Steinway and Sons Unique 500,000th Piano Visits KU
September 26, 2001.
The 500,000th piano manufactured by Steinway & Sonstotally unique in designis featured in the second annual Ku Fine Arts Collage Concert, at 7:30 p.m., Thursday, Oct. 11, in the Lied Center of Kansas.
The Steinway 500,000th piano was created from East Indian ebony, dyed Swiss pear, and trimmed in South American bubinga wood with bits of brass and Gaboon ebony. In addition to having appeared on major concert stages of the world, the instrument has also been displayed at the Detroit Institute of Arts.
The 500,000th is only the third specially designed piano commissioned by Steinway & Sons. The other two, Serial Numbers 100,000 and 300,000, are permanently housed in the Smithsonian Institution and in the East Room of the White House, respectively.
The 500,000th piano, which was unveiled to the public at Carnegie Hall on June 2, 1988, is currently on a world tour, which includes stops in the United States, Europe, and the Far East.
The fact that Steinway & Sons has crafted only 500,000 pianos in its 136-year history is due to the time-consuming hand-crafting process by which every Steinway piano is made. (Other piano companies can mass produce 200,000 instruments in a single year.)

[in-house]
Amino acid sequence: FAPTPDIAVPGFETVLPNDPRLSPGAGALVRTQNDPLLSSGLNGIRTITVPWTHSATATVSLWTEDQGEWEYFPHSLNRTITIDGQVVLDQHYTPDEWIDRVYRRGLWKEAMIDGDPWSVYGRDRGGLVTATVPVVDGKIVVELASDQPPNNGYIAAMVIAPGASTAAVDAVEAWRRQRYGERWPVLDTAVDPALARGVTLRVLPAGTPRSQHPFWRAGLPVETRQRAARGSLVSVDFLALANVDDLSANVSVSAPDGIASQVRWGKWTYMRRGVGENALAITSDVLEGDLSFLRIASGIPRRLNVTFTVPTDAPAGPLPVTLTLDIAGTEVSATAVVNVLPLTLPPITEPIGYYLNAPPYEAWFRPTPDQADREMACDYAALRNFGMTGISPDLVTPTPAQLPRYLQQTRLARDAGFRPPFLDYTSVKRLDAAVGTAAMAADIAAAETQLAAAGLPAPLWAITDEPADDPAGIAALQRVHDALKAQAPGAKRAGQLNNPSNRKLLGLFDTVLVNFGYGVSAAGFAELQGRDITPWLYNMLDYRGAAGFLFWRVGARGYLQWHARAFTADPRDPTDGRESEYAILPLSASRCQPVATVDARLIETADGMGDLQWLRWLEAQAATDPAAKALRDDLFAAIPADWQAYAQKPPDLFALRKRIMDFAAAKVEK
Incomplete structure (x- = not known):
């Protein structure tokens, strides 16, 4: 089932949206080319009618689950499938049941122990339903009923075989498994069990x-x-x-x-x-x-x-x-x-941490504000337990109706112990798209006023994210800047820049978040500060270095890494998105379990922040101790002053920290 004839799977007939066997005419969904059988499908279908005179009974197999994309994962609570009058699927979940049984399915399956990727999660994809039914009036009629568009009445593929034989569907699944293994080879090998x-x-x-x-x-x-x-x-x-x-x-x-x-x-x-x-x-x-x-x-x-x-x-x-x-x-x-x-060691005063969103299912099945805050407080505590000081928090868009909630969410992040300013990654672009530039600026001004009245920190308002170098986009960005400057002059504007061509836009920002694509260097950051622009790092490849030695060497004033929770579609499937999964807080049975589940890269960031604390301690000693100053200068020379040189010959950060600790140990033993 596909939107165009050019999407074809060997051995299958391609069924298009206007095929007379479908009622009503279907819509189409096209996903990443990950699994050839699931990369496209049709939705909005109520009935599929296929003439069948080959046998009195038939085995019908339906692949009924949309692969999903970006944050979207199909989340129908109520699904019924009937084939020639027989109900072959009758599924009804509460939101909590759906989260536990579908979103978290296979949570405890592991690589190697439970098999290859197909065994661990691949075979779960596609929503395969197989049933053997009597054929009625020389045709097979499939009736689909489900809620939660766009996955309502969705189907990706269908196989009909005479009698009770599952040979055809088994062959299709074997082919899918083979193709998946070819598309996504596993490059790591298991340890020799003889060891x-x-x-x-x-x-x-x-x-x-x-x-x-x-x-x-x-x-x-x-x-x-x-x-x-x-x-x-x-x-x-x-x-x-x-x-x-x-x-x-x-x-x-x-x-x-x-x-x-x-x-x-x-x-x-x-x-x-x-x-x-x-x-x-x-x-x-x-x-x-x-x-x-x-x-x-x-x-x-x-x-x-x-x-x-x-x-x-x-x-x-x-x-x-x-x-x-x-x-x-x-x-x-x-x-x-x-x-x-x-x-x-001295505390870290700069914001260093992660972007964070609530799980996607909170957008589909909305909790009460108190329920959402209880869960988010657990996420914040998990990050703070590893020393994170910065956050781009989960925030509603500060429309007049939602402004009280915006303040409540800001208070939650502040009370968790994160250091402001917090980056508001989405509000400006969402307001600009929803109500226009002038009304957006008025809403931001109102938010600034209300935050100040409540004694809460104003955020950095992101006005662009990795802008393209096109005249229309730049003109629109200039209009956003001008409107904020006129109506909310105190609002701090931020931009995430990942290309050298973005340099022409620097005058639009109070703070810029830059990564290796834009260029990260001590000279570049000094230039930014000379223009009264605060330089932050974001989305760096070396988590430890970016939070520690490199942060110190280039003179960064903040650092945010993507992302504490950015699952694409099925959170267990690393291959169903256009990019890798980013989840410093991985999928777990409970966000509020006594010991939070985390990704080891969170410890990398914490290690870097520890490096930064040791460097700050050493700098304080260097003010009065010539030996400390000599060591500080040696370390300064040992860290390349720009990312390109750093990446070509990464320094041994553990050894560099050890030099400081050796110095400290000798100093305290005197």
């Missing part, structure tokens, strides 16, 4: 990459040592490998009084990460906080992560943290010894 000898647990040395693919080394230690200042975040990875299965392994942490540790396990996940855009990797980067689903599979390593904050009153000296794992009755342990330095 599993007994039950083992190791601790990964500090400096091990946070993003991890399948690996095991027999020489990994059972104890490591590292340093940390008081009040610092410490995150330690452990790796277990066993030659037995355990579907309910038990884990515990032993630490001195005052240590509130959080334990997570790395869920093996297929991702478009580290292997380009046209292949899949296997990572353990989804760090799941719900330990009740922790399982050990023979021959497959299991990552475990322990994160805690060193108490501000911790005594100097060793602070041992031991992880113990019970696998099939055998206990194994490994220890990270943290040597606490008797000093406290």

A grand piano contains approximately 12,000 parts; almost all used in Steinway instruments are hand-made at Steinway & Sons' Long Island City (NY) factory. Each Steinway concert grand, including the 500,000th, has as its foundation a 340-pound cast iron plate. Twenty-two layers of wood form the rim, which is bent around the original press invented 100 years ago by C.F. Theodore Steinway, a son of the founder. The rare woods from which Steinway pianos are made are of the highest quality obtainable, often from trees that are several hundred years old.
Nine out of ten concert pianists choose Steinway exclusively as their performance instruments; Van Cliburn, Rudolf and Peter Serkin, Billy Taylor, Elton John, and Ramsey Lewis are all among the roster "Steinway Artists," as were the late Sergei Rachmaninoff, Arthur Rubinstein, and Vladimir Horowitz. End.